- Don't open your window openings all the way, and stay back from the windows as much as possible. Also, remember that your body can create a shadow. Targets might see your shadow inside the blind, so try to be still as much as possible.
If you don't want your blind to be permanent, you're going to have to take it with you when you go. Read on to learn about transporting hunting blinds.
Transporting Hunting Blinds
You either move hunting blinds or you don't. Permanent blinds and towers will stay in their location until you choose to disassemble them (or as laws permit). The good thing about most modern blinds is that they are easily portable.
Pop-up blinds usually come with a custom carrying case for easy transportation. They can weigh between 6 and 25 pounds (3 to 11 kilograms) and can be set up in just a few minutes. Other portable blinds come with backpacks or attachment rings for hauling. You can move these items to your hunting location in your vehicle or ATV.
If you're moving your hunting blind around, it's important to remember to bring only what you can feasibly handle. You'll be bringing along all of your hunting gear, food, water and any additional supplies you may need. Try to find a hunting blind that won't break your back.
Now that you've learned about blinds, try taking some along or building your own on your next hunting trip. They can increase your chances of hitting a target by offering you a safe, quiet place to stalk. And, if all else fails, they also provide a nice place for a nap. Happy hunting.
Related HowStuffWorks Articles
- Anderson, M. Kat. "Tending the Wild: Native American Knowledge and the Management of California's Natural Resources." University of California Press. 2006. (Accessed 12/01/08)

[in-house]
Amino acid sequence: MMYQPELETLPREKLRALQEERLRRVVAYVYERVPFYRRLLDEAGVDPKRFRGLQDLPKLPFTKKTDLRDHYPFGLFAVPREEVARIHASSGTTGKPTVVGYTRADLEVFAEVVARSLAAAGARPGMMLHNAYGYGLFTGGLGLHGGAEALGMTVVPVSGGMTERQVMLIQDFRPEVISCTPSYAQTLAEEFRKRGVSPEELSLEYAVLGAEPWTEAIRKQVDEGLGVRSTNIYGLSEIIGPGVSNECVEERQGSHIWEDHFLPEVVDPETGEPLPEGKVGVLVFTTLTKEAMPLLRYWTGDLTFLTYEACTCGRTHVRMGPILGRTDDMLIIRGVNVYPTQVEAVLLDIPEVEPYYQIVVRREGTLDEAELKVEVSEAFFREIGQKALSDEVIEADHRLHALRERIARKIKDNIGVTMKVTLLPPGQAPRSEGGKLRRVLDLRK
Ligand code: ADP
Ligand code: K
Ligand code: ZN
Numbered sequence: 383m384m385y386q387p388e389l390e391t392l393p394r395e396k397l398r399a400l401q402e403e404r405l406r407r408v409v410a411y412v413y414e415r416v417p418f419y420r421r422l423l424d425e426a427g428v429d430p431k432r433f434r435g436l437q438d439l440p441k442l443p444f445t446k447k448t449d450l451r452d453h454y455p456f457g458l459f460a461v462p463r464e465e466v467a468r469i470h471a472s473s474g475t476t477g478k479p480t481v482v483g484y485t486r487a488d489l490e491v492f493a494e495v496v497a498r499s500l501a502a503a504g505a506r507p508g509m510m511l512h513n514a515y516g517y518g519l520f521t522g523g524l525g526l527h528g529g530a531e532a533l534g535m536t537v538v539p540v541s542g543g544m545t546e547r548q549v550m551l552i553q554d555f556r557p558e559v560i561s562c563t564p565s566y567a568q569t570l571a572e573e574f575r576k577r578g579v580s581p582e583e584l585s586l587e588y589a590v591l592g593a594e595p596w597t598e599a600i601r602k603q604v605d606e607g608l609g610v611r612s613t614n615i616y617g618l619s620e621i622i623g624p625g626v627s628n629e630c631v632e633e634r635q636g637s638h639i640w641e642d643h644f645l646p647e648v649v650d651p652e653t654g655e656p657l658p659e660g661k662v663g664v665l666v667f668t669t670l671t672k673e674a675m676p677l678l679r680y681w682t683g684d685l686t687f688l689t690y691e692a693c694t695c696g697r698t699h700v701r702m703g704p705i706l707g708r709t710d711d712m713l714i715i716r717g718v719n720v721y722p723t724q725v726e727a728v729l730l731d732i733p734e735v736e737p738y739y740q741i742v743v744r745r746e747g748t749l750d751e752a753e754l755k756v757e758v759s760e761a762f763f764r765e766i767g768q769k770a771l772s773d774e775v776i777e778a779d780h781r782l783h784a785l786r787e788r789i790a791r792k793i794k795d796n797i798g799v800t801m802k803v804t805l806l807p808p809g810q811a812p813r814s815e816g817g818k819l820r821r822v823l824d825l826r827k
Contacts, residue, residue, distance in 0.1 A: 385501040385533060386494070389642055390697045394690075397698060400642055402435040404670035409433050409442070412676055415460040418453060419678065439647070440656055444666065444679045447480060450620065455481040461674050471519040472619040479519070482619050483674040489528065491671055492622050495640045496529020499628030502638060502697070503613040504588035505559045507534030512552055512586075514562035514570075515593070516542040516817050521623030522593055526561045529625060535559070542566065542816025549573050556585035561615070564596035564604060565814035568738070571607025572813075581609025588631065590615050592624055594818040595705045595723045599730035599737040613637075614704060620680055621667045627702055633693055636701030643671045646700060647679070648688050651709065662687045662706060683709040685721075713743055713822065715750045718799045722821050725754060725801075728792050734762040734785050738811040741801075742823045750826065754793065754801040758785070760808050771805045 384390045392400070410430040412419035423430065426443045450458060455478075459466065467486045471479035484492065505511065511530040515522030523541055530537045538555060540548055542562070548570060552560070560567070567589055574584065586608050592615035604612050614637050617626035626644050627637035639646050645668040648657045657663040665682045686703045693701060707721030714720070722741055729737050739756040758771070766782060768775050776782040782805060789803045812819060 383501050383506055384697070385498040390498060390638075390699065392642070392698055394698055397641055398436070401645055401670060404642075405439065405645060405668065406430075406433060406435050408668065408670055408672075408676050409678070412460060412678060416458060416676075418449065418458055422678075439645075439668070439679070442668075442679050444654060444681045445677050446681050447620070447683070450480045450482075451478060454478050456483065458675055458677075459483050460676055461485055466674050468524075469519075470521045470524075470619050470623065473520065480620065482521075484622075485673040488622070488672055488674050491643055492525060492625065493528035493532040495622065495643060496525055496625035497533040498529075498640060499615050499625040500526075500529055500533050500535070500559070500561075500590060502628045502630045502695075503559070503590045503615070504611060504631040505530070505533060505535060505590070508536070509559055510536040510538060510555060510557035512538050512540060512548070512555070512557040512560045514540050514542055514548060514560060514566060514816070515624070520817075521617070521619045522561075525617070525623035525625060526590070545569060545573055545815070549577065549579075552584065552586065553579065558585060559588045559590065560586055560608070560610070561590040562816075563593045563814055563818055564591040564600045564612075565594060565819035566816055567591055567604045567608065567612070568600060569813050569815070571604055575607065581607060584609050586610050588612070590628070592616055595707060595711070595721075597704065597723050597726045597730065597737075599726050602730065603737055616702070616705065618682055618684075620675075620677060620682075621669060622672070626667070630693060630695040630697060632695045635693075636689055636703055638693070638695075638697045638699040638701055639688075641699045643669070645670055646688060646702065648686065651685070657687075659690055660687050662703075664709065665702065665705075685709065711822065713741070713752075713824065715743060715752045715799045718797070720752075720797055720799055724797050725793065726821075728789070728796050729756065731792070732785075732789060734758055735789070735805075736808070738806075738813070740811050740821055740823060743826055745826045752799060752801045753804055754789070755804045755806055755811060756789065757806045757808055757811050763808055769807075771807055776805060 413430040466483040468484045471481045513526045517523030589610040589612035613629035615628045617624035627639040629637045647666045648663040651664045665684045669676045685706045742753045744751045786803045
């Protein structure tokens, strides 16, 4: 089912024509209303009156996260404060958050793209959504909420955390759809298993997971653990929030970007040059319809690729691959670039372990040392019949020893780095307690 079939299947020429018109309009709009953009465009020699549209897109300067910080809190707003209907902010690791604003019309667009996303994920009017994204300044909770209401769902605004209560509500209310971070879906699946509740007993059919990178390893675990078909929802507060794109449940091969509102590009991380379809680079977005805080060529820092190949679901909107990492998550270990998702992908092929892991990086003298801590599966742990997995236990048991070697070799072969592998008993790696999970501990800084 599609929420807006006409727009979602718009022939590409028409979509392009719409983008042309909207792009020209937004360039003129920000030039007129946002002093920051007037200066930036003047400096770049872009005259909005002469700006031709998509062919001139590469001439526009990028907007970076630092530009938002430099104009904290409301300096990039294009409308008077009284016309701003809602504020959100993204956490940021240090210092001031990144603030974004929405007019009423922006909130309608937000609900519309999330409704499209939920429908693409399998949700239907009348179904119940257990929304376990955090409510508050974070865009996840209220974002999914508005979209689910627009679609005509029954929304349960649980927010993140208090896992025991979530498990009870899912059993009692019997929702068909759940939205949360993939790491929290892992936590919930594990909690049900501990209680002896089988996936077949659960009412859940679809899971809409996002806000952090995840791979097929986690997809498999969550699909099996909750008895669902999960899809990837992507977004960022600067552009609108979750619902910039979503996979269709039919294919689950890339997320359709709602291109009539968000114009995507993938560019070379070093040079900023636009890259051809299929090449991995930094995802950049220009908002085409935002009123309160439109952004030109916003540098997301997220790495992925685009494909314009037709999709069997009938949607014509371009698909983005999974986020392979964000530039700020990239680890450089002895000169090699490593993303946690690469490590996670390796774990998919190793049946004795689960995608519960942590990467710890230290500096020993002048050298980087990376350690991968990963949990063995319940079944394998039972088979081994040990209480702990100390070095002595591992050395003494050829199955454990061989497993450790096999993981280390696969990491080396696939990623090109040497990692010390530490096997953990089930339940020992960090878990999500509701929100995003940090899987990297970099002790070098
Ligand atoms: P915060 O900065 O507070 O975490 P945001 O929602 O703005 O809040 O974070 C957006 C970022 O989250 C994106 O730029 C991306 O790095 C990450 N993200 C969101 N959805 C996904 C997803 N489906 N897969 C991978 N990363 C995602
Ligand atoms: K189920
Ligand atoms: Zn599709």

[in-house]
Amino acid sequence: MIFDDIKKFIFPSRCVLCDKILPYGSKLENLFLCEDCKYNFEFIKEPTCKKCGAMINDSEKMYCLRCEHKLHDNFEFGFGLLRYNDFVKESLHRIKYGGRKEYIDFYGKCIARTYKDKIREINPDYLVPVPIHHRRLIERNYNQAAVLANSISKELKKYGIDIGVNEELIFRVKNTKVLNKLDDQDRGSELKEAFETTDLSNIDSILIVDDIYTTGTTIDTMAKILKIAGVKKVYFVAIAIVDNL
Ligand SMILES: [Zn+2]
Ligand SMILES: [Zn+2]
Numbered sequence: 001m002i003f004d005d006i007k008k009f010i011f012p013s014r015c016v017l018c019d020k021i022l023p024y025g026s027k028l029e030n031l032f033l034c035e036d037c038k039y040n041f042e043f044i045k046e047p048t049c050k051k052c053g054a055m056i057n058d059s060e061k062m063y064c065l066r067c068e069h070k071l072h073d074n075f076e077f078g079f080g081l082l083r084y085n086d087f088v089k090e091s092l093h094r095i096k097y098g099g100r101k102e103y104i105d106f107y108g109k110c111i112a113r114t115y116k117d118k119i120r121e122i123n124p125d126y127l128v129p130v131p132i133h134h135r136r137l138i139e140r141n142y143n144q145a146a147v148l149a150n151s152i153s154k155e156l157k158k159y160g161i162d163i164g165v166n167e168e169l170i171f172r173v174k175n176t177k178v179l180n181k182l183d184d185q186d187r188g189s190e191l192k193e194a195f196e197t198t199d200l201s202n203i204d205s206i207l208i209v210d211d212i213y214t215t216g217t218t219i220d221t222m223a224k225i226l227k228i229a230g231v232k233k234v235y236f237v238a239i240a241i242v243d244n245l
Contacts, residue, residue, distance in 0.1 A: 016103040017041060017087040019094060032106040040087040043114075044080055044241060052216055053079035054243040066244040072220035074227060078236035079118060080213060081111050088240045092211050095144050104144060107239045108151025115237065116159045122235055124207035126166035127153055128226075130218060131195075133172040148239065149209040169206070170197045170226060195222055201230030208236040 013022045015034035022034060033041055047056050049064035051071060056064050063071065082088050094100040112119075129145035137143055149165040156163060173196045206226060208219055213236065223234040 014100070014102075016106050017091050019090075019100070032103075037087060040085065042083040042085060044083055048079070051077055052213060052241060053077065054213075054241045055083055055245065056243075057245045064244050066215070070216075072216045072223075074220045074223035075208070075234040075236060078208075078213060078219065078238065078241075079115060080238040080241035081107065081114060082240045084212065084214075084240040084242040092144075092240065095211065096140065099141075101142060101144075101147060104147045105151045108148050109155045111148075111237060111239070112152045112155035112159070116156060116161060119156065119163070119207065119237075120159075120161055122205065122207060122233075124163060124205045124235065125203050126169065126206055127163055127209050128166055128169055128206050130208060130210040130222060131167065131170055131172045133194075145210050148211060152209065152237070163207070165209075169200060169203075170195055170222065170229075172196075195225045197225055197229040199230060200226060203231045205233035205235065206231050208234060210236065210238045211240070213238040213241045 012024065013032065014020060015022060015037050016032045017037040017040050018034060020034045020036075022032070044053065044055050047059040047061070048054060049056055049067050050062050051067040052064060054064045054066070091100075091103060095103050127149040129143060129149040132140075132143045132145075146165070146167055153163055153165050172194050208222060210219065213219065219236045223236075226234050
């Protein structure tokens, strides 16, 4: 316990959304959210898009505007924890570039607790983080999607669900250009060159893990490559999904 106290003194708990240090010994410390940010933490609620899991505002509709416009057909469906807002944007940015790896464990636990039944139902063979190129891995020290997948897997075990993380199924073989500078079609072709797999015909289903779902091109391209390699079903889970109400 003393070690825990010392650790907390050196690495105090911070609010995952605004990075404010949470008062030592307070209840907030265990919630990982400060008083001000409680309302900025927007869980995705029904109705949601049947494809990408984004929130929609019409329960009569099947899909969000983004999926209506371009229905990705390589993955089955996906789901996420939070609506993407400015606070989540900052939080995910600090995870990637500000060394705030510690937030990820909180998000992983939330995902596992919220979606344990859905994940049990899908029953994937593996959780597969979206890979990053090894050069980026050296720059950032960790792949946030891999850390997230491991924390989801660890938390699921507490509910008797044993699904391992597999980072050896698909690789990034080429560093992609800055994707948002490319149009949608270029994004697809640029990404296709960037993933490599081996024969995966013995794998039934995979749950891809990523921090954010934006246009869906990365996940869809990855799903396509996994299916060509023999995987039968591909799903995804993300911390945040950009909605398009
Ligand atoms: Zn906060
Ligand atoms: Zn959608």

- Field, Susan. "Injuries from deer hunting accident lead to man's death." 11/19/08. (Accessed 12/01/08)http://www.themorningsun.com/articles/2008/11/19/news/srv0000004077147.txt
- Gooseview Industries. "Confidence Cow." (Accessed 12/01/08)http://www.gooseview.com/gooseview/confidence_cow.htm
- Hunting Blind Plans. "Portable Blind." (Accessed 12/01/08)http://www.huntingblindplans.com/portable_blind.htm
- Hunting Blind Plans. "Pop-Up Blind." (Accessed 12/01/08)http://www.huntingblindplans.com/pop_up_blinds.htm
- Hunting Blind Plans. "Duck Blinds." (Accessed 12/01/08)http://www.huntingblindplans.com/duck_blinds.htm
- Hunting Blind Plans. "Deer Blinds." (Accessed 12/01/08)http://www.huntingblindplans.com/deer_blinds.htm
- Hunting Blind Plans. "Goose Blinds." (Accessed 12/01/08)http://www.huntingblindplans.com/goose_blind.htm
- Hunting Blind Plans. "Learn How to Find the Best Site for Your Hunting Blind." (Accessed 12/01/08)http://www.huntingblindplans.com/learn_how_to_find_the_best_site.htm
- Hunting Blind Plans. "Natural Blinds." (Accessed 12/01/08)http://www.huntingblindplans.com/natural_blinds.htm
- IMBd. "Star Trek: Insurrection." (Accessed 12/01/08)http://www.imdb.com/title/tt0120844/
- River Valley Outdoors. "DNR makes changes to hunting blind law." 11/22/08. (Accessed 12/01/08)http://www.rivervalleynewspapers.com/articles/2008/11/22/outdoors/z04blinds.txt
- Summit Tree Stands. "Making the Most of Your Hunting Blind." (Accessed 12/01/08)http://www.summitstands.com/Articles/MakingTheMostOfHuntingBlind.htm
- Summit Tree Stands. "Seat-O-The-Pants Treestand Harnesses & Accessories." (Accessed 12/01/08)http://www.summitstands.com/catalog.aspx?catid=treestandharnessesharnessaccessories
- Wildfowl. "Covered up." (Accessed 12/01/08)http://www.wildfowlmag.com/tips_strategies/covered_070904/index1.html